Archive for the ‘Goals’ Category

My 2020 Goals for Body, Mind and Spirit

Posted: January 25, 2020 in Goals
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It’s been a few years since I’ve spelled out on this blog specific goals for a new year. I always have goals, of course, both for my professional and personal life, but I don’t always write about them publicly. Like many of you, I’ve had years of achieving some goals while falling short on others. Occasionally, I’ve been too ambitious and found myself burdened by trying to tackle too many personal goals. That ends up being discouraging and counterproductive.

For 2020 I’m trying to be balanced and simple in my goals. My professional goals will be documented at work in the system of record for that. For my personal goals I’ll document here, I like the categories of body, mind and spirit, so I’m coming back to that framework this year. I’m also going to keep it simple by only having one specific goal in each category.

Here they are:

My goal for my body this year is to average at least 10,000 steps per day for all 366 days of this leap year. Ideally, I won’t go any day this year with less than 10,000 steps, but injury and illness can play a part over which I have no control, so I’ll be content with averaging that for a total of 3.66 million steps this year. How I get them doesn’t matter – walking, jogging, treadmill, walking the dog – whatever. I’m writing this on January 25 and so far I haven’t had a day with less than 10,000 steps, so I’m off to a good start.

My goal for my mind this year is to write two blog posts per month – one personal on this blog site and one professional on either LinkedIn or another site. With nearly 700 blog posts under my belt between this site and elsewhere, it should be evident I enjoy writing, but I’ve gotten out of the habit the last few years and haven’t been consistent. I can do better. Writing helps me clarify things in my own mind and reflect on various topics in a way that’s also hopefully of value to a few others. This post counts as the personal post for January, so I have one more to do in the next week on LinkedIn to be on track. I already know what it’ll be about, so I just have to set aside the time to do it.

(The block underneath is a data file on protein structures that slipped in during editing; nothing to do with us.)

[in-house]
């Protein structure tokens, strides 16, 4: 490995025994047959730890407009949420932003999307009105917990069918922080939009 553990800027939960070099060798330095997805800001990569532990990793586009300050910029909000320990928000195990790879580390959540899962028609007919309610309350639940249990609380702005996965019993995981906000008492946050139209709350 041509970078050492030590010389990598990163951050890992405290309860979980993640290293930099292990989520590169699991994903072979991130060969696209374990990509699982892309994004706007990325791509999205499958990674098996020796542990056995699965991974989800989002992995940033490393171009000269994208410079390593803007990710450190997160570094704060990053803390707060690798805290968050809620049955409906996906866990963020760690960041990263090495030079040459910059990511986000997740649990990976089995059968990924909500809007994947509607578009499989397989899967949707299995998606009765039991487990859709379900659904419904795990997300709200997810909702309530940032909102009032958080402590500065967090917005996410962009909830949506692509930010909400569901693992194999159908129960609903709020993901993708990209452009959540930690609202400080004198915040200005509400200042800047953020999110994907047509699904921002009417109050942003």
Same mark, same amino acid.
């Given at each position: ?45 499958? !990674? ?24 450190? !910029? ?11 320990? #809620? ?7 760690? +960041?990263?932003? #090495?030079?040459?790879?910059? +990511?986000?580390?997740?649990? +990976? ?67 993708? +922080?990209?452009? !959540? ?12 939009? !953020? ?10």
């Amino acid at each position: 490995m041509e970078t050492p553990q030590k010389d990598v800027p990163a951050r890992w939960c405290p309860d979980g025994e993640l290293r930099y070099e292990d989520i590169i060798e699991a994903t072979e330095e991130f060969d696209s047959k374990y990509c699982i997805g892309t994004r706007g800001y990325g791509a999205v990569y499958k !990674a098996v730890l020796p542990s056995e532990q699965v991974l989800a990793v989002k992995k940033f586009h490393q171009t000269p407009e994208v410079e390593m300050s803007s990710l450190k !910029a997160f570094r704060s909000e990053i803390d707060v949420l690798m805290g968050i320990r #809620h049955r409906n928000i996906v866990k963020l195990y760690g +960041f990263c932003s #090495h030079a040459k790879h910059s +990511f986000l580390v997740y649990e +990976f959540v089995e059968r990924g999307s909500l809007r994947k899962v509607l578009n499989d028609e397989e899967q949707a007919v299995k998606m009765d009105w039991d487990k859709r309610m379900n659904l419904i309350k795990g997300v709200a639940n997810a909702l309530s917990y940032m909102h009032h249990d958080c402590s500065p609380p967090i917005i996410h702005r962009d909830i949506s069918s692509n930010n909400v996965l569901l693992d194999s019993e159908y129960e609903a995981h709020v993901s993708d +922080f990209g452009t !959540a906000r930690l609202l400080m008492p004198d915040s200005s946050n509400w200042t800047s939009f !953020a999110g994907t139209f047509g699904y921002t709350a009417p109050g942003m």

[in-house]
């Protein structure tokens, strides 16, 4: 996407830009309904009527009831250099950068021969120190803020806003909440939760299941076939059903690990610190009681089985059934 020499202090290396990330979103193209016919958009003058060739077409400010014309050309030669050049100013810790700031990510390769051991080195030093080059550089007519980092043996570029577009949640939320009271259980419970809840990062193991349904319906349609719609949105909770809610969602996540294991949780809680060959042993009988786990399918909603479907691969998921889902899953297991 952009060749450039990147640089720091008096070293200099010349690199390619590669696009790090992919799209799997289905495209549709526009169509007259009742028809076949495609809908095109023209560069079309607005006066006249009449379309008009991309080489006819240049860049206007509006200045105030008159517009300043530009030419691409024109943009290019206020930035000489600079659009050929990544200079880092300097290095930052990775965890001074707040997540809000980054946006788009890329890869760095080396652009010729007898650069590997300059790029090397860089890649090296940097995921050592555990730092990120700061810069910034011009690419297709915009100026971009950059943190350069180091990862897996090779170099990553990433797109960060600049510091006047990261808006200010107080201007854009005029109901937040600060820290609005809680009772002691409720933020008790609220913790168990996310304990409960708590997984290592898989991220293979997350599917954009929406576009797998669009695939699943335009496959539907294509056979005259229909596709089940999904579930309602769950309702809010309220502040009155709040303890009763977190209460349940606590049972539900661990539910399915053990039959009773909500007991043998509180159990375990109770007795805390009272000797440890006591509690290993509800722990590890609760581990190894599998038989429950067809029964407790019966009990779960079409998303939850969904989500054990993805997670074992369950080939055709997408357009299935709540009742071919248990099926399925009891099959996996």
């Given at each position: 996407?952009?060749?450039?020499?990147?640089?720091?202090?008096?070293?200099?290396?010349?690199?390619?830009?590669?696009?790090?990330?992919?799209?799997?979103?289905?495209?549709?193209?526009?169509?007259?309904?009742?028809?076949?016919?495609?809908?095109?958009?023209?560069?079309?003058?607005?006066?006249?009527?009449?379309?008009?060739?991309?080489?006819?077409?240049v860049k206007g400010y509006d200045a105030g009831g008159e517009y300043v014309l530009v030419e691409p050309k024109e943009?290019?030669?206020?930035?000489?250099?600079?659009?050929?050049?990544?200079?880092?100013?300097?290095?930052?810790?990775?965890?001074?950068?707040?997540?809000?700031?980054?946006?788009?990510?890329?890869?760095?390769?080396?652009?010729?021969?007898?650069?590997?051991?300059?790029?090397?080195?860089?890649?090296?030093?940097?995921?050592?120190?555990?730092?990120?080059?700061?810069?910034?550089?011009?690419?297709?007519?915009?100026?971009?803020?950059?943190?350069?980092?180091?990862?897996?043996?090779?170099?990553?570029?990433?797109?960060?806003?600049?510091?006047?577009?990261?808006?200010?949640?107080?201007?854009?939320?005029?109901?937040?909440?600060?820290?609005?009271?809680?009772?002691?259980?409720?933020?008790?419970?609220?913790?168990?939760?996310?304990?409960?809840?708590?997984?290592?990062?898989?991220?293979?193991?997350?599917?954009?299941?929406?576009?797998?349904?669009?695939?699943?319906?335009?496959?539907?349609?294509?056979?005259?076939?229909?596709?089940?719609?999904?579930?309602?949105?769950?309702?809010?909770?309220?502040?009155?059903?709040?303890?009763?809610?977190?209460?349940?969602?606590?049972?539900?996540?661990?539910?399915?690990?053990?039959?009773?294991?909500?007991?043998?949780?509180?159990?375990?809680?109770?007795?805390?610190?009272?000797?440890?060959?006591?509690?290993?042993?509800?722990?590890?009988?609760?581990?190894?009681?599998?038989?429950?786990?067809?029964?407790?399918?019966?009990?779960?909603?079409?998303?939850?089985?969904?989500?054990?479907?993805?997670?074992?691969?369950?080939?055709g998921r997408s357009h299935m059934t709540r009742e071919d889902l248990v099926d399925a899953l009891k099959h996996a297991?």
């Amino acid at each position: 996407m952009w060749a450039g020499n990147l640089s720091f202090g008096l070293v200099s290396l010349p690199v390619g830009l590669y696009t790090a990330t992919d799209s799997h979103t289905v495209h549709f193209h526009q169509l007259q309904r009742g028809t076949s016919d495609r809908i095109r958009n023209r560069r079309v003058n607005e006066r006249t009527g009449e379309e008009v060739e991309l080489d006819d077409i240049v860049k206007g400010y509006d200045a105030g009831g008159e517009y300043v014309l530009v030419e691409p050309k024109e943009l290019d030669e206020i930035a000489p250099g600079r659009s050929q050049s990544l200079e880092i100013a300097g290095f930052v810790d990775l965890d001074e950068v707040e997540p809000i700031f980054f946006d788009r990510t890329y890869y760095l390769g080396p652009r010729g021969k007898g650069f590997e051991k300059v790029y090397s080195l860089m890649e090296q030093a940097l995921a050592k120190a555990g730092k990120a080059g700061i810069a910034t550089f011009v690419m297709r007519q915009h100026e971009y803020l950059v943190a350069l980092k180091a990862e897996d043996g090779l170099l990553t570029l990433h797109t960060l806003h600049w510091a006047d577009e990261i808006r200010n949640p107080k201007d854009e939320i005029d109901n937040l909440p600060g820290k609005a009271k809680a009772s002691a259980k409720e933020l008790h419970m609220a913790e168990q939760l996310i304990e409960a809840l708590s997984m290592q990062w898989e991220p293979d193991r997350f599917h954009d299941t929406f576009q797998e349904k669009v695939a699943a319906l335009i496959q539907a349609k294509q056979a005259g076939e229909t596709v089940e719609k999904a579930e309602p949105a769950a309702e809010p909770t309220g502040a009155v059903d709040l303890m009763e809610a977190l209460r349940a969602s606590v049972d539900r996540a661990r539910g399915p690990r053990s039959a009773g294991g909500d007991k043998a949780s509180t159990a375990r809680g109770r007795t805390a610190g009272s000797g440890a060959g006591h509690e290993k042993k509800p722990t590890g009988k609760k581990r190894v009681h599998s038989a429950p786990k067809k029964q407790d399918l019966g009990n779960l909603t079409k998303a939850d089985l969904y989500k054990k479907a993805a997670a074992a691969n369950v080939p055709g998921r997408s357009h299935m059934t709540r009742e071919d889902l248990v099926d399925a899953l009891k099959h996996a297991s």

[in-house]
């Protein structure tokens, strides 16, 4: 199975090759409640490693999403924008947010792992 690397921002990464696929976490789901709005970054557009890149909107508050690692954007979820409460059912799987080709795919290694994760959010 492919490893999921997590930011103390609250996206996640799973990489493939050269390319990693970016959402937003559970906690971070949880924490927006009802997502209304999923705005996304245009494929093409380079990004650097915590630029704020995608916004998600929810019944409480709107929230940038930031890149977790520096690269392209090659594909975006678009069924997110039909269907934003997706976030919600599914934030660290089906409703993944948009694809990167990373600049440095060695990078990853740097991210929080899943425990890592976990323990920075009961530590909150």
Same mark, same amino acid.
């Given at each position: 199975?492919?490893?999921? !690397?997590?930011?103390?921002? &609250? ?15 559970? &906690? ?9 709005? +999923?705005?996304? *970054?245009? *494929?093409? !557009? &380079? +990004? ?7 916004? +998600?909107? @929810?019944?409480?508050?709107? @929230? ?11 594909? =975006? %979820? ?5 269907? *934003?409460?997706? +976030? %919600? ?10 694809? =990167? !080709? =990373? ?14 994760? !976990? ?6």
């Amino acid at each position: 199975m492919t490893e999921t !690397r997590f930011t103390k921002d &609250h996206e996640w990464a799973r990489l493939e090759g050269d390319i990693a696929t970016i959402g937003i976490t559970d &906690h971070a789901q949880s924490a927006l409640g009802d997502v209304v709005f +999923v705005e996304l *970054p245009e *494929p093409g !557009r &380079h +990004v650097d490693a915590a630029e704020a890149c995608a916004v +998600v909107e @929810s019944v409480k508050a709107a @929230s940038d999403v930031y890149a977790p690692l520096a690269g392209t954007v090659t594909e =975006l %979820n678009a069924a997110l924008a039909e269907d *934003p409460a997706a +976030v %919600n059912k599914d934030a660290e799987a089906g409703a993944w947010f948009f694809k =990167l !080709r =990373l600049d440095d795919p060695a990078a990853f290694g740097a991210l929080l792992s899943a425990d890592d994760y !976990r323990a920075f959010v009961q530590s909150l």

My goal for my spirit is to spend one hour per day in private Bible study and prayer. For more years than not throughout my teen and adult life I’ve been pretty consistent in my reading and devotional times. Last year was probably my worst, though, in many years and I felt it. I’m in the middle of reading and praying my way through the Reformation Study Bible, so I should be able to complete that this year and start on another study Bible I haven’t yet read when I’m through with this one. There is nothing in my life any more important than spending time with the Lord, learning His Word, and becoming more like Him. If other things on my schedule have to go to make time for this, then it’ll be a good trade. So far I’ve only missed one day in January and that was a Sunday where several hours were spent in study and worship at church and when guests in the home took the remainder of the day and evening, so I won’t feel too bad about that. Still, private time is needed on Sundays as well because the nature of private devotions is very different than public study and worship.

Sharing goals with others helps one be accountable, so I invite any of you to check in with me from time to time and ask how I’m coming on the goals.

What about you? What are your goals for 2020? Leave me a comment.

Dont-Suck-the-Life-Out-of-LifeFor the last couple of years I’ve been very public with my annual personal goals, including progress reports along the way as to how successful (or not) I am in achieving them. I’m not going to run down item by item the goal list from last year. Suffice it to say that I met or exceeded some and didn’t achieve others. If you’re curious about what they were, you’ll find posts about them here, here, here, and here. Instead, I want to write today about the overall lesson learned from 2014 that relates significantly to the goal effort. Here it is: